Superglue

Krh57

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#1
If superglue is used on knots or whippings does it damage the nylon line ?
 

Tinca Steve

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#2
Any knot tied correctly for the intended purpose should not need chemical help to hold. If a knot slips then it's 1 of 2 things, if it's the right knot it's not been tied correctly or it's the wrong knot.
 

Krh57

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#4
Cheers Tinca, my only problem is with whipping small hooks to light lines. Then during fishing the line twisting around from the front of the spade to the back !
 

Tinca Steve

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#8
Going old school , dip the shanks of your hooks into varnish, allow to dry. This gives your line something to grip if whipped tight.
In many years gone by when l used to fish winter leagues l tied 30's to 8oz bayer.
 

Oldmech

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#9
I remember back in the 70s Ivan Marks had regular features in Angling Times and on one bream feature he said after tying the hook he applied varnish to the knot and then when dry snipped the spade end off the hook, can't remember his reason for that maybe presentation or to reduce line spin as spades were quite big back then. I often put a dab of super glue on a spade knot and have never had any problems.
 

Tinca Steve

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#10
You are correct in the assumption that the spade caused spin ups so yes we did snap them off. A lot of the shop bought pretied had no spade and were dipped into varnish to stop rust.
 

Phoenixicus

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#11
Could have possibly removed the spade due to having batches that were cutting through the line.
Although the hook makers then were masters of their trade they still had their problems.
 

Neil ofthe nene

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#12
To stop the original problem occurring. After tying the knot grip the tag end with a pair of pliers and the hooklength in your hand and pull tight. Then grip the bend of the hook with the pliers and pull the hooklength to snug everything up against the spade. Once tight the knot should not revolve around the shank.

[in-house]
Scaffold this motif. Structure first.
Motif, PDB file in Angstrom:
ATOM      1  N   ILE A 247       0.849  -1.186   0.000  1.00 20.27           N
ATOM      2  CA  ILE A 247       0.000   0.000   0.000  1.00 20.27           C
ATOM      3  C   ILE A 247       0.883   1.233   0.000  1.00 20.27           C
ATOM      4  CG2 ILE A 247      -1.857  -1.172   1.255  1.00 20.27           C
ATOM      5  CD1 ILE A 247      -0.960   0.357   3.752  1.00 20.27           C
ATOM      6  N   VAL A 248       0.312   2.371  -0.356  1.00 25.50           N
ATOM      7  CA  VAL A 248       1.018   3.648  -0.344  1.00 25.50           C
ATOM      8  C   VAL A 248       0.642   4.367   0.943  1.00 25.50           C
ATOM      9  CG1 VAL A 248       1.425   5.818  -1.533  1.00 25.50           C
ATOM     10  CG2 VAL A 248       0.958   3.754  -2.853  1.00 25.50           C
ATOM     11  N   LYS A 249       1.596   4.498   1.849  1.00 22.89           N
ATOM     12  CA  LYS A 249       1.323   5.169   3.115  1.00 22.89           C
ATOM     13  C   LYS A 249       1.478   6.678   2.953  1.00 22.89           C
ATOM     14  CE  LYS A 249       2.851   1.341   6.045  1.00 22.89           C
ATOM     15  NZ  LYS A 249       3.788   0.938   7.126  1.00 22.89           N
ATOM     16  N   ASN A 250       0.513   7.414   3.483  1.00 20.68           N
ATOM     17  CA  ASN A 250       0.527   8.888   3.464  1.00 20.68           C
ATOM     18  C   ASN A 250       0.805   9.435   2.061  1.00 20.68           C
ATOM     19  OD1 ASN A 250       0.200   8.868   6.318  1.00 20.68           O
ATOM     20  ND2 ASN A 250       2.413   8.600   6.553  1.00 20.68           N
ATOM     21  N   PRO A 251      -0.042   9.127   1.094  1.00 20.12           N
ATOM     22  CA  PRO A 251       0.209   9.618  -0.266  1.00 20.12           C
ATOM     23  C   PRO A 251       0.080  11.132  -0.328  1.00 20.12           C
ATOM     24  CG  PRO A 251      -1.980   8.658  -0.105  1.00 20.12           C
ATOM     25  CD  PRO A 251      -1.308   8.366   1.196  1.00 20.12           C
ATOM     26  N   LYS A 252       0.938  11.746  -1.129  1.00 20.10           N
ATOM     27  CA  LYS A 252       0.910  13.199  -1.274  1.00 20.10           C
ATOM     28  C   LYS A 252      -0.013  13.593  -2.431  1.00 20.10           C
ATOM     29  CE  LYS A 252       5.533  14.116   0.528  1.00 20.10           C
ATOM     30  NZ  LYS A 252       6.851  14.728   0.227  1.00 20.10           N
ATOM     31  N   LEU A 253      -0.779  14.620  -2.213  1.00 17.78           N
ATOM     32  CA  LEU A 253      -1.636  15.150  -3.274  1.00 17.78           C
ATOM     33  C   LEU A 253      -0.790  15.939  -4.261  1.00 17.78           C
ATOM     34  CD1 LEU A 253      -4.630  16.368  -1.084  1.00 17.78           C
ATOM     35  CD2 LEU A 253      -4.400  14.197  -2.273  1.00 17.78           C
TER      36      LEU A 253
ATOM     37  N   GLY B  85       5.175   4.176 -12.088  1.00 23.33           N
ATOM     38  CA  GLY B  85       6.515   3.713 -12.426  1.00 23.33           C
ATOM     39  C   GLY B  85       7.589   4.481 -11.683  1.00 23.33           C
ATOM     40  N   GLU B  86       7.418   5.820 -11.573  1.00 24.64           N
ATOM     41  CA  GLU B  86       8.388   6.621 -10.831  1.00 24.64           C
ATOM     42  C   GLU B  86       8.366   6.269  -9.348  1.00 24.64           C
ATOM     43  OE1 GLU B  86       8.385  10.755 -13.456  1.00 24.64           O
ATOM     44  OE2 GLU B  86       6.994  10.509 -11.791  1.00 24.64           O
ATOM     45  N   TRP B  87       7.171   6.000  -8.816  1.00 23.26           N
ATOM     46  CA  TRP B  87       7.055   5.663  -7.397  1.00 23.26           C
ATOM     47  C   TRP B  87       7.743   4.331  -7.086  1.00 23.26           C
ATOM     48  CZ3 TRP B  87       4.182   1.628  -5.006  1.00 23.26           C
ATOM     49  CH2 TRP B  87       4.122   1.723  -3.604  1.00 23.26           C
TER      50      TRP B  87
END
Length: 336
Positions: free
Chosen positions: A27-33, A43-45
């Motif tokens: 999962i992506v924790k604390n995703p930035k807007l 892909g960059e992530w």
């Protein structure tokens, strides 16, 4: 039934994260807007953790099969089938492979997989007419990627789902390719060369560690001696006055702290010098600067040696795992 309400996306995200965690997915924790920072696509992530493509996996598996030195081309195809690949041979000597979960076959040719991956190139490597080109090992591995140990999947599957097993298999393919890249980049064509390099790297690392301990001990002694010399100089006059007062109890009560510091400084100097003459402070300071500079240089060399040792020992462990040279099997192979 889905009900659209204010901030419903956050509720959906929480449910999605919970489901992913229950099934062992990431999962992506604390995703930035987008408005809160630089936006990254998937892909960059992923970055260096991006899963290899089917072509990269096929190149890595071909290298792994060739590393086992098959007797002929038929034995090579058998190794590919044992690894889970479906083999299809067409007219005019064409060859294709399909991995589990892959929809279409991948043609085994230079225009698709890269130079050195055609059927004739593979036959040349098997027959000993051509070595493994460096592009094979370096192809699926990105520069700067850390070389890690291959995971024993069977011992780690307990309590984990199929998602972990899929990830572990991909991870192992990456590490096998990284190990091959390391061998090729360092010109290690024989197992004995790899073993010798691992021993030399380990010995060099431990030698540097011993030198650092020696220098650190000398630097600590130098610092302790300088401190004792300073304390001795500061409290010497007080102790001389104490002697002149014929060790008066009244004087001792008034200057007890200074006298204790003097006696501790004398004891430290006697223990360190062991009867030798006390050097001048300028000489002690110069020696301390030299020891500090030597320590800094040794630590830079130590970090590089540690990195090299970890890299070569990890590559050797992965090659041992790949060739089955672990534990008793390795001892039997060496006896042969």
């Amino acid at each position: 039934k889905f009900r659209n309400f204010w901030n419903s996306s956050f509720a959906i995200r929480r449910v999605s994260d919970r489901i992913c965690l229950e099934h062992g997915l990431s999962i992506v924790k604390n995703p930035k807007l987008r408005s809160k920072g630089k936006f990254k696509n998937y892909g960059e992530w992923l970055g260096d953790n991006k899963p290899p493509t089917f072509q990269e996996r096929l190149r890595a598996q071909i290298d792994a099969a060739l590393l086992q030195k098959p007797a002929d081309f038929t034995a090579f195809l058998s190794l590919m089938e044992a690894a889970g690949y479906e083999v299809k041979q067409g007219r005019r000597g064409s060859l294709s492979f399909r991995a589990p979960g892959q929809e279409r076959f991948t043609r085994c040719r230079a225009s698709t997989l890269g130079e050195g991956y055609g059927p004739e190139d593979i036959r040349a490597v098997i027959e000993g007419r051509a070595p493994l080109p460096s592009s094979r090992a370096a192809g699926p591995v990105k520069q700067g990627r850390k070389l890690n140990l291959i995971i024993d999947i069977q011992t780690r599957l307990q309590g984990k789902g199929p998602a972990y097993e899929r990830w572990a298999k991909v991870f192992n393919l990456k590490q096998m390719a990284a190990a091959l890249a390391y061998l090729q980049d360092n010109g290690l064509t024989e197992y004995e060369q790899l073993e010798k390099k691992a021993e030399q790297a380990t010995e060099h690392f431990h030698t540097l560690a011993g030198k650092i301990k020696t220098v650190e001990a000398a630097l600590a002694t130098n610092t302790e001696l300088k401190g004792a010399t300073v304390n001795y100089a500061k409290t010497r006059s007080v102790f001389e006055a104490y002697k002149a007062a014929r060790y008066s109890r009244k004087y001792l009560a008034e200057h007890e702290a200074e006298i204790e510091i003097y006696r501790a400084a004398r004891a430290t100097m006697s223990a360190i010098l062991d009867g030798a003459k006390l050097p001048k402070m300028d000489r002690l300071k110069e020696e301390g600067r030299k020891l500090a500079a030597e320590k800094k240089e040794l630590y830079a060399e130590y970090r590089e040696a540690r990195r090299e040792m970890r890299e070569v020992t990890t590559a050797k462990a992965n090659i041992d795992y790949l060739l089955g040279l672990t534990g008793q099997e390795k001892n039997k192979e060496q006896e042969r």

dumdum

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#13
To stop the original problem occurring. After tying the knot grip the tag end with a pair of pliers and the hooklength in your hand and pull tight. Then grip the bend of the hook with the pliers and pull the hooklength to snug everything up against the spade. Once tight the knot should not revolve around the shank.
If it’s anything under 0.13 measured which you dont generally use Neil you simply can’t do that as it will just snap, you can only get whippings so tight which is why it’s often light stuff that suffers damage tying and moves in use 👍🏼

When whipping your spade do you whip from the spade down or the bend of the hook up? And why do you feel you need glue OP?
 

Neil ofthe nene

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#14
I use the method described on all spade hook rigs. That means 0.06 on the canal, 0.10 in Winter on commercials.

I wouldn't recommend something I don't do without clarification that for me it is theory only.
 

Krh57

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#15
Dumdum, I whip bend up to spade, to be truthful never tried the other way ! I originally asked to see if it would stop line twisting from front to back of spade !
Thanks for all the replies
 

Ken the Pacman

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#17
Hooks to nylon in the 60s and 70s were "dubbed" instead of a knot which was a slightly grooved shank with the line parallel then whipped in place with tying silk and varnished,no eye no spade so very neat.
I still have a load of Mustad trebles in this shank style certainly several hundred if anybody fancies going back to a traditional whipped pike trace.
I got them years ago when I bought out a wholesaler that was closing (J Burton and co Preston) so they would be cheap.
 

dumdum

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#20
Dumdum, I whip bend up to spade, to be truthful never tried the other way ! I originally asked to see if it would stop line twisting from front to back of spade !
Thanks for all the replies
Try it the other way, needs les whippings and the knot is lots lots neater! Takes a bit of practice but well worth it :)
 

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